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Supermajors Balk at Canadian LNG Profit Tax

Supermajors Balk at Canadian LNG Profit Tax.

By Joao Peixe | Thu, 27 February 2014 22:45 | 0

Oil and gas companies hoping to win big on Canada’s nascent liquefied natural gas (LNG) export industry are balking at a new gas tax proposed for British Columbia that is great for the province but tough on the industry wallet.

Profits from LNG projects will be taxed at an initial rate of 1.5%, under the proposal, British Columbia Finance Minister Michael de Jong told reporters on 26 February. The rate will rise to as much as 7% after companies recover the costs of building the shipping terminals.

A 7% levy on profits works out to a $0.50/MBtu surcharge,Ziff Energy analysts say – “not a small number when you consider there’s a lot of competition out there.”

Related Article: Small Companies Poised to Ride Canadian Natural Gas Wave

Shell Canada and other supermajors in this game say the proposed tax could hinder the province’s competitiveness.

“We need something that’s globally competitive if we, in British Columbia, are going to build an LNG industry,” said Shell Canada spokesman David Williams.

Shell Canada has proposed a $12-billion plant in Kitimat, with partners PetroChina, Korea Gas and Mitsubishi. The project already has federal export approval and is now awaiting environmental assessment. A final investment decision (FDI) could hinge on the new tax policy.

Exxon Mobil and Chevron are also eyeing British Columbia LNG projects—and all were looking for clarifications of pending tax policies, which has now arrived however unwelcome.

But provincial officials see a chance here to bring in up to $1 trillion by 2046 through the LNG sector alone.

The attraction, despite the tax proposal, is clear: there is plenty of money to be made shipping low-cost Canadian gas to LNG-starved Asian markets, where it fetches a much higher price.

Related Article: Why Europe Won’t See Canadian Crude Anytime Soon

And, as provincial officials have been quick to point out: British Columbia tax and royalty rates as proposed will still be lower than in Australia and the US—at least in the five states competing with LNG projects in the sector.

BC Finance Minister Jong’s response to the supermajor balking is to take it in stride.

“Of course they want zero,” he said, but the proposed tax regime still puts British Columbia ahead of its potential competitors.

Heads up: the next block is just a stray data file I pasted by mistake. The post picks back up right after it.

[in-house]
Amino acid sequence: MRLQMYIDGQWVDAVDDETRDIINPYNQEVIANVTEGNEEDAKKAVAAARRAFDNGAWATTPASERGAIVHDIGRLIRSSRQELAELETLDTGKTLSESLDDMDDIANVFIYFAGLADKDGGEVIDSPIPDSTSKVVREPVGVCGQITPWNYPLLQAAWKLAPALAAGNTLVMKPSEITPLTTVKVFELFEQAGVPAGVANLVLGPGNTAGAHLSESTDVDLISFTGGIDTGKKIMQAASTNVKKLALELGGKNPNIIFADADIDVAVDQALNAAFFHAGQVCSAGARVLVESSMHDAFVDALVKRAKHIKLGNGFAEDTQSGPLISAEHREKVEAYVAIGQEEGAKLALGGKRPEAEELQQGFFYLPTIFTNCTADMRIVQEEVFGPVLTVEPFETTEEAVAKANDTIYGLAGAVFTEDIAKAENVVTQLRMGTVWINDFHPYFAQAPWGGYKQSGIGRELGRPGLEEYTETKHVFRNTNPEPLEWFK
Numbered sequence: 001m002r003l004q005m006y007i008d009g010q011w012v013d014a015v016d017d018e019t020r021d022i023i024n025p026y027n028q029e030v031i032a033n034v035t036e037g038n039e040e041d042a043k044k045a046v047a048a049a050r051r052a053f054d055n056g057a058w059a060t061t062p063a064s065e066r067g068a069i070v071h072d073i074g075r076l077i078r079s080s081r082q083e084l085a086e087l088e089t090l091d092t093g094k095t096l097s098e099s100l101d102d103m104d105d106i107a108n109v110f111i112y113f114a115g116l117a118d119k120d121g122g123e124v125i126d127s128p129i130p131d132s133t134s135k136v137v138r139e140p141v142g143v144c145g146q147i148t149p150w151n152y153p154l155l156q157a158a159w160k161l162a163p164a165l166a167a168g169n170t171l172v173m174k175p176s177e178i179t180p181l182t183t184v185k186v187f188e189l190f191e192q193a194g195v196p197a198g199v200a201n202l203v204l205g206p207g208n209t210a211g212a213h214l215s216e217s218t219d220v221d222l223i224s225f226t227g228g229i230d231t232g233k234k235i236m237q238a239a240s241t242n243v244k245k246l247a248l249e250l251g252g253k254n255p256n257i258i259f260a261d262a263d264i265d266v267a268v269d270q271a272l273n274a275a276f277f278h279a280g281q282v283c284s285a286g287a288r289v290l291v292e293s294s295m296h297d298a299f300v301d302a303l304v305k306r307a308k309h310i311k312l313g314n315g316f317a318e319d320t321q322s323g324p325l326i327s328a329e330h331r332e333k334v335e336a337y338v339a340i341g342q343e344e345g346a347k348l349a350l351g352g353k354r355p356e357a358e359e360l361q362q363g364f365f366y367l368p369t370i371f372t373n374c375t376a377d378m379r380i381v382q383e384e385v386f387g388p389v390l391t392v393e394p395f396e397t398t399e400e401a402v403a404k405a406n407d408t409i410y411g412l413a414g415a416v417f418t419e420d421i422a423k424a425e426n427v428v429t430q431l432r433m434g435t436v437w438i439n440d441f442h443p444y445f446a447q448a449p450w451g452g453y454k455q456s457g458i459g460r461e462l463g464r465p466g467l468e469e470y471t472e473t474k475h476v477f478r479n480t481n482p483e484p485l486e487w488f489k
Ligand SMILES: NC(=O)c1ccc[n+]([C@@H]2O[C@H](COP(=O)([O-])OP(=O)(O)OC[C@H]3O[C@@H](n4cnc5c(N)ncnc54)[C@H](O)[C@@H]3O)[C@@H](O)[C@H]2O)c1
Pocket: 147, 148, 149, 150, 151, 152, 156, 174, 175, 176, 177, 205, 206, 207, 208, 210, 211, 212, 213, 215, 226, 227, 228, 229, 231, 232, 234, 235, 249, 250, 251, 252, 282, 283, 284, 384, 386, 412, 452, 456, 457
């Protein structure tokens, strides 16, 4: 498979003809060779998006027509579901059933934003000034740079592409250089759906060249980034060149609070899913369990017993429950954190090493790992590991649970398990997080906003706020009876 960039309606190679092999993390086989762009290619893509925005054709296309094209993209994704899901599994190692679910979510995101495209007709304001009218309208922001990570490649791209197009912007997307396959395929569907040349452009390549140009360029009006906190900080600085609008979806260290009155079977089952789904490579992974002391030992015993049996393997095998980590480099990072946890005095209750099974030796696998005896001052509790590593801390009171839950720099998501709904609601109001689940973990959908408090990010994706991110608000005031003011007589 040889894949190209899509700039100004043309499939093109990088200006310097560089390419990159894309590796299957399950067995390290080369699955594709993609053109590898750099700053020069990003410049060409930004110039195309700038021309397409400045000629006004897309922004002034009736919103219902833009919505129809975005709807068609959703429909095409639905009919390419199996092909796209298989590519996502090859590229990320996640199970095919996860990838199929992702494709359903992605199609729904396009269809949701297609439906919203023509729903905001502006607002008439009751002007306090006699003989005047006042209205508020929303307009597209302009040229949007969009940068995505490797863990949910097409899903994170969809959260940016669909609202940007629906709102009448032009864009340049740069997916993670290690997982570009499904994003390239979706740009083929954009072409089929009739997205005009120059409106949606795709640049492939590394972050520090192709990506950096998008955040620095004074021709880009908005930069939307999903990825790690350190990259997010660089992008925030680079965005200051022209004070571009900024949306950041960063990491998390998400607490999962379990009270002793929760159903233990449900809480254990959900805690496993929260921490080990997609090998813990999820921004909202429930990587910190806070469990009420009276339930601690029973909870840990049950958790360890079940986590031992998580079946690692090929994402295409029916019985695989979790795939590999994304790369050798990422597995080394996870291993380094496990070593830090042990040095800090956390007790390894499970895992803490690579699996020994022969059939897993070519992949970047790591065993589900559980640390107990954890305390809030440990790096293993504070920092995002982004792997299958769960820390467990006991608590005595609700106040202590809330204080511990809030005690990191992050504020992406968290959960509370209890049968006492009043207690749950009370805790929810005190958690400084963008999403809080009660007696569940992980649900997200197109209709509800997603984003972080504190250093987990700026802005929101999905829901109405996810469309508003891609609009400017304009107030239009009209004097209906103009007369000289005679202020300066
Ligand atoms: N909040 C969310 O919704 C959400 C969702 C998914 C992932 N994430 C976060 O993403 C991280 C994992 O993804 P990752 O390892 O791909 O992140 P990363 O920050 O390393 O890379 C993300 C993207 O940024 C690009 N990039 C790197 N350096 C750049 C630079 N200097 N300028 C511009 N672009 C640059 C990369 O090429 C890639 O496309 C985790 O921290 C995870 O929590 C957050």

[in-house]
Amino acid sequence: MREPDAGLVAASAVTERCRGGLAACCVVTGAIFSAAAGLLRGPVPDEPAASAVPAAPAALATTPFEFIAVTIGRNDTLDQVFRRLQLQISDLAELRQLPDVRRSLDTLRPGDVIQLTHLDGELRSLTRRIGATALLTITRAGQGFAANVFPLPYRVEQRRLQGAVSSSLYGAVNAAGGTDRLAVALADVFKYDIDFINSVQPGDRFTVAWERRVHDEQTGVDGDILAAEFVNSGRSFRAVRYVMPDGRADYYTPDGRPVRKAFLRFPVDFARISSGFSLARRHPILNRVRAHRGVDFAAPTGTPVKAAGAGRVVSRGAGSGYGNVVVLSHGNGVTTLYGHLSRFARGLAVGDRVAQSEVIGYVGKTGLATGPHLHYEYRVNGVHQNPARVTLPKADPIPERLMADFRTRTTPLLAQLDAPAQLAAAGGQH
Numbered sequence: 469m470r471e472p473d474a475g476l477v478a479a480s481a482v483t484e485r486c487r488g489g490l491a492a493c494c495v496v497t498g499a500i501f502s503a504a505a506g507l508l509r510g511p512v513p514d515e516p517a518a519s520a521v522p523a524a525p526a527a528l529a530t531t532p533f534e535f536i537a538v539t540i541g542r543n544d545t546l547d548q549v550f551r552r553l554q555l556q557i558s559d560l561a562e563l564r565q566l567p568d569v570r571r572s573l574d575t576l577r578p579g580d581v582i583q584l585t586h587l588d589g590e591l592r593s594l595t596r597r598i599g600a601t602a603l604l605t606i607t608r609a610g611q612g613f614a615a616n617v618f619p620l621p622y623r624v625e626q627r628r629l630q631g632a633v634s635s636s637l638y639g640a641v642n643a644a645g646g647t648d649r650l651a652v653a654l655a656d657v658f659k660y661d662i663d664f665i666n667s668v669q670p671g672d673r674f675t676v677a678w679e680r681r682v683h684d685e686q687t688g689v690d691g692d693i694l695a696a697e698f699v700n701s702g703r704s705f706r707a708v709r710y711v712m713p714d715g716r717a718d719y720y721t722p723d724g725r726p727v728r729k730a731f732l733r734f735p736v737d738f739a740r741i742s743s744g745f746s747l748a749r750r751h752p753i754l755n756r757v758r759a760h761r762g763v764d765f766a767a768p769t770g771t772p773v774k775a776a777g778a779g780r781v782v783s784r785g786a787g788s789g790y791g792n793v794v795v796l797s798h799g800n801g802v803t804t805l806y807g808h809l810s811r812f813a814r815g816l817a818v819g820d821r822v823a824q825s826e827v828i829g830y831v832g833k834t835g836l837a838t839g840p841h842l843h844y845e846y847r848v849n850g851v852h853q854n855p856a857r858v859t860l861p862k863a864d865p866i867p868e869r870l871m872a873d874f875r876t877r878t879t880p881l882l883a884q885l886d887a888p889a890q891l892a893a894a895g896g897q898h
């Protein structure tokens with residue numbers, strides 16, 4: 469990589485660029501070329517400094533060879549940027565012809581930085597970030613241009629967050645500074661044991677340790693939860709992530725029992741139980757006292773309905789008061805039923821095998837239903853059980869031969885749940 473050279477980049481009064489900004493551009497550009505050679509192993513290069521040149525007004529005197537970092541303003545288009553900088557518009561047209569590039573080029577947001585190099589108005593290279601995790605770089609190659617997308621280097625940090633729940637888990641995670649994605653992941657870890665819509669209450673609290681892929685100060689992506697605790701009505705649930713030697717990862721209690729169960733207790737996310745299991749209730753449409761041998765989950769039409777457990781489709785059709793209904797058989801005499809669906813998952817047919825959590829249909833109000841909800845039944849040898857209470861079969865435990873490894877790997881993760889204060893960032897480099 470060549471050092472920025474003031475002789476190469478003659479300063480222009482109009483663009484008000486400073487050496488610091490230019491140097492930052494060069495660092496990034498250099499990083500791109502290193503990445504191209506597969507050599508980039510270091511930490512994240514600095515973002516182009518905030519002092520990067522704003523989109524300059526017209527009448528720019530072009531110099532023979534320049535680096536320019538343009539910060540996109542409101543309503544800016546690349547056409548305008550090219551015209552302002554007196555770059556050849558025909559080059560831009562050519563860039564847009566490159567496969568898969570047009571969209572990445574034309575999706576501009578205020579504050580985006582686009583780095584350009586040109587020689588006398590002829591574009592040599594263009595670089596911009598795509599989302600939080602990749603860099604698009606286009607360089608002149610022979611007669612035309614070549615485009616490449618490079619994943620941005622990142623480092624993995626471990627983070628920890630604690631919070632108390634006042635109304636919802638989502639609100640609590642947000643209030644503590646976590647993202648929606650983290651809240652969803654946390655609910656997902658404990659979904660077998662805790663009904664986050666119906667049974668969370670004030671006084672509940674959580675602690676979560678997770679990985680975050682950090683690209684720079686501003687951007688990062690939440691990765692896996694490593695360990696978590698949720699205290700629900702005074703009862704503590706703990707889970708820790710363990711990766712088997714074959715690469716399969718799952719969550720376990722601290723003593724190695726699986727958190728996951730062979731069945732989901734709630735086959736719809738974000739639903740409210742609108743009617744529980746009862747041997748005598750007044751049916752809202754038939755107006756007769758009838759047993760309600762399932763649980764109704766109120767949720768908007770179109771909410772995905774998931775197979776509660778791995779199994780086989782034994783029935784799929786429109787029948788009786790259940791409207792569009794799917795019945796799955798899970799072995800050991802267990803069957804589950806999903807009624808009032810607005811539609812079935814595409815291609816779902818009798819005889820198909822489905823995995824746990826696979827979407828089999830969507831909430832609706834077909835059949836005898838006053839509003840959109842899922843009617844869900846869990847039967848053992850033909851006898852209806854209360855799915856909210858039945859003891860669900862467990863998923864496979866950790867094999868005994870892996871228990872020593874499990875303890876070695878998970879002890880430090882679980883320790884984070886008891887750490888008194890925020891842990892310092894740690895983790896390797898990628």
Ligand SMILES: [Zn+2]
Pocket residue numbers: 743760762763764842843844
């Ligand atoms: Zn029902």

The province of British Columbia is promising tax legislation this fall, and is expected to reveal more details about environmental regulation and benefit-sharing plans for First Nations this spring.

By Joao Peixe of Oilprice.com

David Suzuki: Rail versus pipeline is the wrong question : thegreenpages.ca

David Suzuki: Rail versus pipeline is the wrong question : thegreenpages.ca.

Photo: Rail versus pipeline is the wrong question

The question isn’t about whether to use rail or pipelines. It’s about how to reduce our need for both. (Credit: Dieter Drescher via Flickr)

By David Suzuki with contributions from Ian Hanington, Senior Editor

Debating the best way to do something we shouldn’t be doing in the first place is a sure way to end up in the wrong place. That’s what’s happening with the “rail versus pipeline” discussion. Some say recent rail accidents mean we should build more pipelines to transport fossil fuels. Others argue that leaks, high construction costs, opposition and red tape surrounding pipelines are arguments in favour of using trains.

But the recent spate of rail accidents and pipeline leaks and spills doesn’t provide arguments for one or the other; instead, it indicates that rapidly increasing oil and gas development and shipping ever greater amounts, by any method, will mean more accidents, spills, environmental damage — even death. The answer is to step back from this reckless plunder and consider ways to reduce our fossil fuel use.

If we were to slow down oil sands development, encourage conservation and invest in clean energy technology, we could save money, ecosystems and lives — and we’d still have valuable fossil fuel resources long into the future, perhaps until we’ve figured out ways to use them that aren’t so wasteful. We wouldn’t need to build more pipelines just to sell oil and gas as quickly as possible, mostly to foreign markets. We wouldn’t have to send so many unsafe rail tankers through wilderness areas and places people live.

We may forgo some of the short-term jobs and economic opportunities the fossil fuel industry provides, but surely we can find better ways to keep people employed and the economy humming. Gambling, selling guns and drugs and encouraging people to smoke all create jobs and economic benefits, too — but we rightly try to limit those activities when the harms outweigh the benefits.

Both transportation methods come with significant risks. Shipping by rail leads to more accidents and spills, but pipeline leaks usually involve much larger volumes. One of the reasons we’re seeing more train accidents involving fossil fuels is the incredible boom in moving these products by rail. According to the American Association of Railroads, train shipment of crude oil in the U.S. grew from 9,500 carloads in 2008 to 234,000 in 2012 — almost 25 times as many in only four years! That’s expected to rise to 400,000 this year.

As with pipelines, risks are increased because many rail cars are older and not built to standards that would reduce the chances of leaks and explosions when accidents occur. Some in the rail industry argue it would cost too much to replace all the tank cars as quickly as is needed to move the ever-increasing volumes of oil. We must improve rail safety and pipeline infrastructure for the oil and gas that we’ll continue to ship for the foreseeable future, but we must also find ways to transport less.